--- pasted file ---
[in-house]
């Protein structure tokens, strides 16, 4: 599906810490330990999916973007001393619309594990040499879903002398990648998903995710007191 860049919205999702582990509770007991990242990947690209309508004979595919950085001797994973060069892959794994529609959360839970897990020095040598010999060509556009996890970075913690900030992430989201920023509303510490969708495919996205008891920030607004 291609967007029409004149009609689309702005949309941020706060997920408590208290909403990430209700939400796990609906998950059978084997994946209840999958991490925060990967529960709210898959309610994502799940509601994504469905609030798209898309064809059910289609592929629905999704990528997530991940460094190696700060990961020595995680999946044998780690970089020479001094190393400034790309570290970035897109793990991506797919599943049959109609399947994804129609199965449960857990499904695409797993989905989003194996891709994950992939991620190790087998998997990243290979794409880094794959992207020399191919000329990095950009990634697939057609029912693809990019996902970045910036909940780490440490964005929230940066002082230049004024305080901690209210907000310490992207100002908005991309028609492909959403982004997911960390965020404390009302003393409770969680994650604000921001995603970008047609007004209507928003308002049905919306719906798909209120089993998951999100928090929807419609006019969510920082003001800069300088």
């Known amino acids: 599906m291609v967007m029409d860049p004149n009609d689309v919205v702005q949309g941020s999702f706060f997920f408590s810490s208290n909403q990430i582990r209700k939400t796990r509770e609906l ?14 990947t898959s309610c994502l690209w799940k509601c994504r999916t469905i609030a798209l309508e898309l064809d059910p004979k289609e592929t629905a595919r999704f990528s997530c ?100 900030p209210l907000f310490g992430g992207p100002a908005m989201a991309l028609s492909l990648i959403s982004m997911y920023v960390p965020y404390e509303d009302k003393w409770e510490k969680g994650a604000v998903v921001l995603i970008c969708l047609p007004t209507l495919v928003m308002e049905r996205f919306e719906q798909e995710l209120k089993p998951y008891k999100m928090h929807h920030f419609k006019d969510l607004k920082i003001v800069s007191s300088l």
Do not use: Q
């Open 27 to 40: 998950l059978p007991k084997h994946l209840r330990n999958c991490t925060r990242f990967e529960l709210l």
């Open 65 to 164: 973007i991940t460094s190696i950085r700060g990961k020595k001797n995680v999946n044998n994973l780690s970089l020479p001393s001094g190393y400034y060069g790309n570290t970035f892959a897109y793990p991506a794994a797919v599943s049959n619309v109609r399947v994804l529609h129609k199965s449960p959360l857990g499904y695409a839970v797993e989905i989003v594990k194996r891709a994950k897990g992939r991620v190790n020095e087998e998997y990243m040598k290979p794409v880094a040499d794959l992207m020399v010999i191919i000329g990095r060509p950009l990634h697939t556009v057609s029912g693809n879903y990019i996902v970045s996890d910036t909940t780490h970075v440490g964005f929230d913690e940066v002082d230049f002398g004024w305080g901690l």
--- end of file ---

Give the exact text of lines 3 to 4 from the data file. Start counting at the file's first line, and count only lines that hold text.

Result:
């Known amino acids: 599906m291609v967007m029409d860049p004149n009609d689309v919205v702005q949309g941020s999702f706060f997920f408590s810490s208290n909403q990430i582990r209700k939400t796990r509770e609906l ?14 990947t898959s309610c994502l690209w799940k509601c994504r999916t469905i609030a798209l309508e898309l064809d059910p004979k289609e592929t629905a595919r999704f990528s997530c ?100 900030p209210l907000f310490g992430g992207p100002a908005m989201a991309l028609s492909l990648i959403s982004m997911y920023v960390p965020y404390e509303d009302k003393w409770e510490k969680g994650a604000v998903v921001l995603i970008c969708l047609p007004t209507l495919v928003m308002e049905r996205f919306e719906q798909e995710l209120k089993p998951y008891k999100m928090h929807h920030f419609k006019d969510l607004k920082i003001v800069s007191s300088l």
Do not use: Q